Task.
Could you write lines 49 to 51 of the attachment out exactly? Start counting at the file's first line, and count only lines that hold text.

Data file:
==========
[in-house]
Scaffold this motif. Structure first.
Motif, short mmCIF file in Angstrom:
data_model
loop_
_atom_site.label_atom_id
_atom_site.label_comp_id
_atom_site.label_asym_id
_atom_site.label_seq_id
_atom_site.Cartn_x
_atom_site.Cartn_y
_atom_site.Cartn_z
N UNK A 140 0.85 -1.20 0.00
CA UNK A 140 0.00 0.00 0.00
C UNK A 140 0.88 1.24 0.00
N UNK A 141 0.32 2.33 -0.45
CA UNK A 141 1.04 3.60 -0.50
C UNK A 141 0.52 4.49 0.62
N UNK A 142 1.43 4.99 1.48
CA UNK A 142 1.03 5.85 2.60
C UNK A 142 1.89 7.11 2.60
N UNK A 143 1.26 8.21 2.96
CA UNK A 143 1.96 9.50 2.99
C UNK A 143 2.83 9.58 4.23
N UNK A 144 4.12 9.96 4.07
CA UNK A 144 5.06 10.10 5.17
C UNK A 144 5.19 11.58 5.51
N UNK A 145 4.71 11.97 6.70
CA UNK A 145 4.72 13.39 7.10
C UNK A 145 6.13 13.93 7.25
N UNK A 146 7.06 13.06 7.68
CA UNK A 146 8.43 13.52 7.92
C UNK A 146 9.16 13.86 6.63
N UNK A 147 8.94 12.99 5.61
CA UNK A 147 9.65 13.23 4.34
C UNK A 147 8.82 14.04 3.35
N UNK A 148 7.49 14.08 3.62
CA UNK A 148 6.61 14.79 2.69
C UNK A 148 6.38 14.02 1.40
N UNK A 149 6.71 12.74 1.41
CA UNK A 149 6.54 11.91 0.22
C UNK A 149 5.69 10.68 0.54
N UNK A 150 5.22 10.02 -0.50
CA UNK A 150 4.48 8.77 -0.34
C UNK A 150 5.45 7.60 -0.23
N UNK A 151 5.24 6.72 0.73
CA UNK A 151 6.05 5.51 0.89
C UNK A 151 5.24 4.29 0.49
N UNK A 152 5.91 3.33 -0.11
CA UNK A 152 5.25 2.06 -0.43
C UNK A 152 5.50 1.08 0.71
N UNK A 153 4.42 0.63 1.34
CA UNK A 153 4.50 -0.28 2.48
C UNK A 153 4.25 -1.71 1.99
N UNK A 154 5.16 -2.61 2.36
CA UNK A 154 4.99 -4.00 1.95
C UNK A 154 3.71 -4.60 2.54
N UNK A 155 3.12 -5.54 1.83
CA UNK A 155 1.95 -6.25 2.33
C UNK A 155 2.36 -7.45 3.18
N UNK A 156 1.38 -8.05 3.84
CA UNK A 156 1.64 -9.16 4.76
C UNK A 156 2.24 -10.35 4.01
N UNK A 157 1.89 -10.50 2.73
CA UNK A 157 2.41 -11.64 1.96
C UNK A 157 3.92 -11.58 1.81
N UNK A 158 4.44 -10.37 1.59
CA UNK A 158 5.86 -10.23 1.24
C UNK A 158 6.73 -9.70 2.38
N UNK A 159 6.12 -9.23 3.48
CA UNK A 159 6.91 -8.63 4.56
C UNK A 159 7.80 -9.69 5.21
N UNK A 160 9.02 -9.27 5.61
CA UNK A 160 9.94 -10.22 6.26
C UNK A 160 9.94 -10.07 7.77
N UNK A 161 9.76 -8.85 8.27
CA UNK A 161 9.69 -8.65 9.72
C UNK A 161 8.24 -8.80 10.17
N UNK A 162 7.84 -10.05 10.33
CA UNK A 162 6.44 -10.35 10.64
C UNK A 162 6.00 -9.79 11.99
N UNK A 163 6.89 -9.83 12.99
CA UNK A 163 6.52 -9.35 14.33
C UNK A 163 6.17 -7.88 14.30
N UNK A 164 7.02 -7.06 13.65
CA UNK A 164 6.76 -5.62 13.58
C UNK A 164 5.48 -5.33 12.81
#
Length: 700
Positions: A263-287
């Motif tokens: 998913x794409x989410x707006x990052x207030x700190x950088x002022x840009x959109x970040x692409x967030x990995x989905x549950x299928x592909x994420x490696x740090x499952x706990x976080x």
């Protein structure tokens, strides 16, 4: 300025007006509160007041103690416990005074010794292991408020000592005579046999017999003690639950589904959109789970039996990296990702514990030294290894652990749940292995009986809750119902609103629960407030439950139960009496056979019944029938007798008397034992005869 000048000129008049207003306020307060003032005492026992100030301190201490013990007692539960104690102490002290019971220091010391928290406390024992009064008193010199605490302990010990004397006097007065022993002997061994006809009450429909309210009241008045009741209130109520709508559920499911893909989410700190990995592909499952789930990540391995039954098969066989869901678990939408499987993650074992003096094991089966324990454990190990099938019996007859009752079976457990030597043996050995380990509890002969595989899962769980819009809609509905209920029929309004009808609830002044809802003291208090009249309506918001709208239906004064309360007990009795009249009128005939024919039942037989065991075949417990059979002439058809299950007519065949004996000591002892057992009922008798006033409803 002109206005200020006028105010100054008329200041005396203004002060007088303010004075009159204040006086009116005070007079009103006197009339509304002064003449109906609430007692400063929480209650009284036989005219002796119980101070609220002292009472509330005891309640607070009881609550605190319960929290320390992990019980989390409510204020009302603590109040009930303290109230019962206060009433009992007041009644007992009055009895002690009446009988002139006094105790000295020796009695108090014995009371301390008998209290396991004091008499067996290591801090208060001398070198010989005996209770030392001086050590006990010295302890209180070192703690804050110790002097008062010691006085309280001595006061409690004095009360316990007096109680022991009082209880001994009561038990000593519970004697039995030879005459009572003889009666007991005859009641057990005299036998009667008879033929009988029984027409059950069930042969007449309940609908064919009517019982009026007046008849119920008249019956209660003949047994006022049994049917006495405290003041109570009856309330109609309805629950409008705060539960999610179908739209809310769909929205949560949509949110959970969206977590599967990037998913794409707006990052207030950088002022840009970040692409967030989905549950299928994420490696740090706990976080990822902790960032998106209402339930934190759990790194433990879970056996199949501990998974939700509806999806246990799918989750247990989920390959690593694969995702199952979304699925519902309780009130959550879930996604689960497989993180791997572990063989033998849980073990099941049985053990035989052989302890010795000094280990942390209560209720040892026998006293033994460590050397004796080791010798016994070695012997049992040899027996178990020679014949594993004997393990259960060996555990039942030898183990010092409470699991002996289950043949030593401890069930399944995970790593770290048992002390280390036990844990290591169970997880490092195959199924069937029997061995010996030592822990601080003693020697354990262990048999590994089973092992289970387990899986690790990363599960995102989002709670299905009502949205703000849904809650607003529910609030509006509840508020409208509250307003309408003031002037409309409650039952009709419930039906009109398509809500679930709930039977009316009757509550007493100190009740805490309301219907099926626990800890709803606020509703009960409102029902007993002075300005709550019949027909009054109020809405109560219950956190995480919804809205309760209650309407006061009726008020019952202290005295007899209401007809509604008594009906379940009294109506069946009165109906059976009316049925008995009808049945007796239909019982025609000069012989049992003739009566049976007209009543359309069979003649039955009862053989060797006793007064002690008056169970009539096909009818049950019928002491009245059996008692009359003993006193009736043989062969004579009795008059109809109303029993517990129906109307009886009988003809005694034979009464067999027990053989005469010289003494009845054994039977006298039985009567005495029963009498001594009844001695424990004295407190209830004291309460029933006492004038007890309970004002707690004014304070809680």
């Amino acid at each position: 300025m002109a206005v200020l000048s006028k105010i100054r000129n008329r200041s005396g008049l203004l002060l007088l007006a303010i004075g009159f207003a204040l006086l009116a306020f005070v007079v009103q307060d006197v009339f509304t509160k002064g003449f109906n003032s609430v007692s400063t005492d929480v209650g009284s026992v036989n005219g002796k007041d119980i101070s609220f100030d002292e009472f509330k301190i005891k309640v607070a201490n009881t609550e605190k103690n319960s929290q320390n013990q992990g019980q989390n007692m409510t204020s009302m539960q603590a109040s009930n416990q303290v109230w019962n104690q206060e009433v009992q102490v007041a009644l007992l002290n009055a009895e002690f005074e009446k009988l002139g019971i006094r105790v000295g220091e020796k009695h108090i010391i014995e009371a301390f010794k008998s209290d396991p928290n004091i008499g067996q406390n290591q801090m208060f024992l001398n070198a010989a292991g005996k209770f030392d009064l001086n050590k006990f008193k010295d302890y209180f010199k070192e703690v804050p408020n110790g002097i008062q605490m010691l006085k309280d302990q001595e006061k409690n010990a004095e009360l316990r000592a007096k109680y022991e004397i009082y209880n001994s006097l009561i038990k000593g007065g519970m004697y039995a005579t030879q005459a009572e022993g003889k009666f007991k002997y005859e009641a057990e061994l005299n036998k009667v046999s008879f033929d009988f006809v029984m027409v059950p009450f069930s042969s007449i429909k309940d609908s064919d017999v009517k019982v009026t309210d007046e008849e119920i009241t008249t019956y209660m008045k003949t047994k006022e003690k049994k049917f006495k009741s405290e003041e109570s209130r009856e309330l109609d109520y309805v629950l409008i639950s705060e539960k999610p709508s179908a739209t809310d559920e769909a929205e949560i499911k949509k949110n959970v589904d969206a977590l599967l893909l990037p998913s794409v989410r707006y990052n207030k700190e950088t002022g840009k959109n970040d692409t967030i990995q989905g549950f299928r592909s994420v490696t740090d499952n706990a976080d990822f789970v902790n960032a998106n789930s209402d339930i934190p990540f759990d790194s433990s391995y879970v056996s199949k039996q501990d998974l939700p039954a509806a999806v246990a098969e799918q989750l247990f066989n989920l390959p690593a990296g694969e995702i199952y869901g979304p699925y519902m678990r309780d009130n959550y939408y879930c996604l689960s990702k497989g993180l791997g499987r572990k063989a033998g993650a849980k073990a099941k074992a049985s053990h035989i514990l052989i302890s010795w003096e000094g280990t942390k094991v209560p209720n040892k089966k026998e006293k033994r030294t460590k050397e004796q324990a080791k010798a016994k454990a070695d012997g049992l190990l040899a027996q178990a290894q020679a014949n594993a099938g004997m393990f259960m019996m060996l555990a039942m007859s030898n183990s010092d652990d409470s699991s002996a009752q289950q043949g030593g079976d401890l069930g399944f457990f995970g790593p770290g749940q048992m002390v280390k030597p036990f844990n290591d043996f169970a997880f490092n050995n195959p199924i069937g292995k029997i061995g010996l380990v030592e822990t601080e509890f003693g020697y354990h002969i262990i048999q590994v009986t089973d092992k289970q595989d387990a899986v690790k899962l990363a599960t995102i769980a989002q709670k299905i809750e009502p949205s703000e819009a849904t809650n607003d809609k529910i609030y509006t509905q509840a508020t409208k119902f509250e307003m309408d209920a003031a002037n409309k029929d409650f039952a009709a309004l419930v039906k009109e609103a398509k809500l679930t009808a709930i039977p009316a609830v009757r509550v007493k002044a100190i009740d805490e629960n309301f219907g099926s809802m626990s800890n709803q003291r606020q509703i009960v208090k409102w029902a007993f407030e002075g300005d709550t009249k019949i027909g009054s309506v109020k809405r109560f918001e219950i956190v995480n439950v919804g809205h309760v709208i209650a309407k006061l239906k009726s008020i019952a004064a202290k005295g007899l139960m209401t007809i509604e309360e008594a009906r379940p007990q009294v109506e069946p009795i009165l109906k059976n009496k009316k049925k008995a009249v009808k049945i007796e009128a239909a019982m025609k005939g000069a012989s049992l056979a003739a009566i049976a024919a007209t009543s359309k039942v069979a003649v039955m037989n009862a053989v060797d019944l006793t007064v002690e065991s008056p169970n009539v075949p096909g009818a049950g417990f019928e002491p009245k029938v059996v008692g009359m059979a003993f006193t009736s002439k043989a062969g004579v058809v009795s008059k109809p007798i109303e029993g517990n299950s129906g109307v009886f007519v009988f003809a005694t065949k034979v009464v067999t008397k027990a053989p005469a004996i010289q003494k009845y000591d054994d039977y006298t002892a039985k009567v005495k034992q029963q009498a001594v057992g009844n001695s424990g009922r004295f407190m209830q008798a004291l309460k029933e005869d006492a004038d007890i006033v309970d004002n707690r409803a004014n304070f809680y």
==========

N UNK A 152 5.91 3.33 -0.11
CA UNK A 152 5.25 2.06 -0.43
C UNK A 152 5.50 1.08 0.71